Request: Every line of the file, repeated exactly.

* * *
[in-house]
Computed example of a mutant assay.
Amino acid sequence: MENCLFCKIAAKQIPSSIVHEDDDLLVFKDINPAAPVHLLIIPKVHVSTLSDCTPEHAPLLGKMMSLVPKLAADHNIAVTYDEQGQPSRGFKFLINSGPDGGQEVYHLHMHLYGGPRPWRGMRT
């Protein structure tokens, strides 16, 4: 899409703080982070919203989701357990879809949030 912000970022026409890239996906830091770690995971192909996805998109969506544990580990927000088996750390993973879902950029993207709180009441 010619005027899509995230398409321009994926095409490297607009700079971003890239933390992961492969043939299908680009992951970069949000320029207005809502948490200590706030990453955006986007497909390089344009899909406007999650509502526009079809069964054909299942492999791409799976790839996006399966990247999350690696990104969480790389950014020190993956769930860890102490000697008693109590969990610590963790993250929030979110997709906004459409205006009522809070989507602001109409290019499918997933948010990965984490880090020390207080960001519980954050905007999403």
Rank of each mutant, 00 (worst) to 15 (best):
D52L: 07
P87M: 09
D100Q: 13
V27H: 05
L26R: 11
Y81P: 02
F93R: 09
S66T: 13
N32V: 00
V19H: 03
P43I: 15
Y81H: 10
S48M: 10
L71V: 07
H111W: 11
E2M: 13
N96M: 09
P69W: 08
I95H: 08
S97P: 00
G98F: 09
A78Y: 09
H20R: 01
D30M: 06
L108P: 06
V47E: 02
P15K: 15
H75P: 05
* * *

[in-house]
Computed example of a mutant assay.
Amino acid sequence: MENCLFCKIAAKQIPSSIVHEDDDLLVFKDINPAAPVHLLIIPKVHVSTLSDCTPEHAPLLGKMMSLVPKLAADHNIAVTYDEQGQPSRGFKFLINSGPDGGQEVYHLHMHLYGGPRPWRGMRT
């Protein structure tokens, strides 16, 4: 899409703080982070919203989701357990879809949030 912000970022026409890239996906830091770690995971192909996805998109969506544990580990927000088996750390993973879902950029993207709180009441 010619005027899509995230398409321009994926095409490297607009700079971003890239933390992961492969043939299908680009992951970069949000320029207005809502948490200590706030990453955006986007497909390089344009899909406007999650509502526009079809069964054909299942492999791409799976790839996006399966990247999350690696990104969480790389950014020190993956769930860890102490000697008693109590969990610590963790993250929030979110997709906004459409205006009522809070989507602001109409290019499918997933948010990965984490880090020390207080960001519980954050905007999403």
Rank of each mutant, 00 (worst) to 15 (best):
D52L: 07
P87M: 09
D100Q: 13
V27H: 05
L26R: 11
Y81P: 02
F93R: 09
S66T: 13
N32V: 00
V19H: 03
P43I: 15
Y81H: 10
S48M: 10
L71V: 07
H111W: 11
E2M: 13
N96M: 09
P69W: 08
I95H: 08
S97P: 00
G98F: 09
A78Y: 09
H20R: 01
D30M: 06
L108P: 06
V47E: 02
P15K: 15
H75P: 05